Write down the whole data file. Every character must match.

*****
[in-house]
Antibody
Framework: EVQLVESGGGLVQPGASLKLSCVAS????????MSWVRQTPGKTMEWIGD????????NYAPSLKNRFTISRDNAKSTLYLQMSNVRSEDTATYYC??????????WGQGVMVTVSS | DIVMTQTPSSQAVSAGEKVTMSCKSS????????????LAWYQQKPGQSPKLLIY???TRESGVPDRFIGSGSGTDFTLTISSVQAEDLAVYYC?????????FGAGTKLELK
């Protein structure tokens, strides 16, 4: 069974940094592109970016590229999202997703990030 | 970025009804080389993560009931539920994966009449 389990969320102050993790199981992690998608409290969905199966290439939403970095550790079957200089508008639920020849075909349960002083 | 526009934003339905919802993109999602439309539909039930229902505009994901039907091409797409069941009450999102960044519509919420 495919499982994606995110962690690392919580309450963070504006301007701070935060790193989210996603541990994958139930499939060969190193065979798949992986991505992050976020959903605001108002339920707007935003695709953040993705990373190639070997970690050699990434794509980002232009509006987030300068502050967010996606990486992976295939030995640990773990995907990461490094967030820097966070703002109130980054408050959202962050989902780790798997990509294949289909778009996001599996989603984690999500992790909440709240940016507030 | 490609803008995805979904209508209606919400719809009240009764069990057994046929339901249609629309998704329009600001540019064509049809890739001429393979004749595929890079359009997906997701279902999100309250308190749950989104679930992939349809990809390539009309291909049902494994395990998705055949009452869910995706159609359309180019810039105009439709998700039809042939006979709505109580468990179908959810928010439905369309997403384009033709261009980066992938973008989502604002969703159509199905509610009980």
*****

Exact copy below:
[in-house]
Antibody
Framework: EVQLVESGGGLVQPGASLKLSCVAS????????MSWVRQTPGKTMEWIGD????????NYAPSLKNRFTISRDNAKSTLYLQMSNVRSEDTATYYC??????????WGQGVMVTVSS | DIVMTQTPSSQAVSAGEKVTMSCKSS????????????LAWYQQKPGQSPKLLIY???TRESGVPDRFIGSGSGTDFTLTISSVQAEDLAVYYC?????????FGAGTKLELK
């Protein structure tokens, strides 16, 4: 069974940094592109970016590229999202997703990030 | 970025009804080389993560009931539920994966009449 389990969320102050993790199981992690998608409290969905199966290439939403970095550790079957200089508008639920020849075909349960002083 | 526009934003339905919802993109999602439309539909039930229902505009994901039907091409797409069941009450999102960044519509919420 495919499982994606995110962690690392919580309450963070504006301007701070935060790193989210996603541990994958139930499939060969190193065979798949992986991505992050976020959903605001108002339920707007935003695709953040993705990373190639070997970690050699990434794509980002232009509006987030300068502050967010996606990486992976295939030995640990773990995907990461490094967030820097966070703002109130980054408050959202962050989902780790798997990509294949289909778009996001599996989603984690999500992790909440709240940016507030 | 490609803008995805979904209508209606919400719809009240009764069990057994046929339901249609629309998704329009600001540019064509049809890739001429393979004749595929890079359009997906997701279902999100309250308190749950989104679930992939349809990809390539009309291909049902494994395990998705055949009452869910995706159609359309180019810039105009439709998700039809042939006979709505109580468990179908959810928010439905369309997403384009033709261009980066992938973008989502604002969703159509199905509610009980």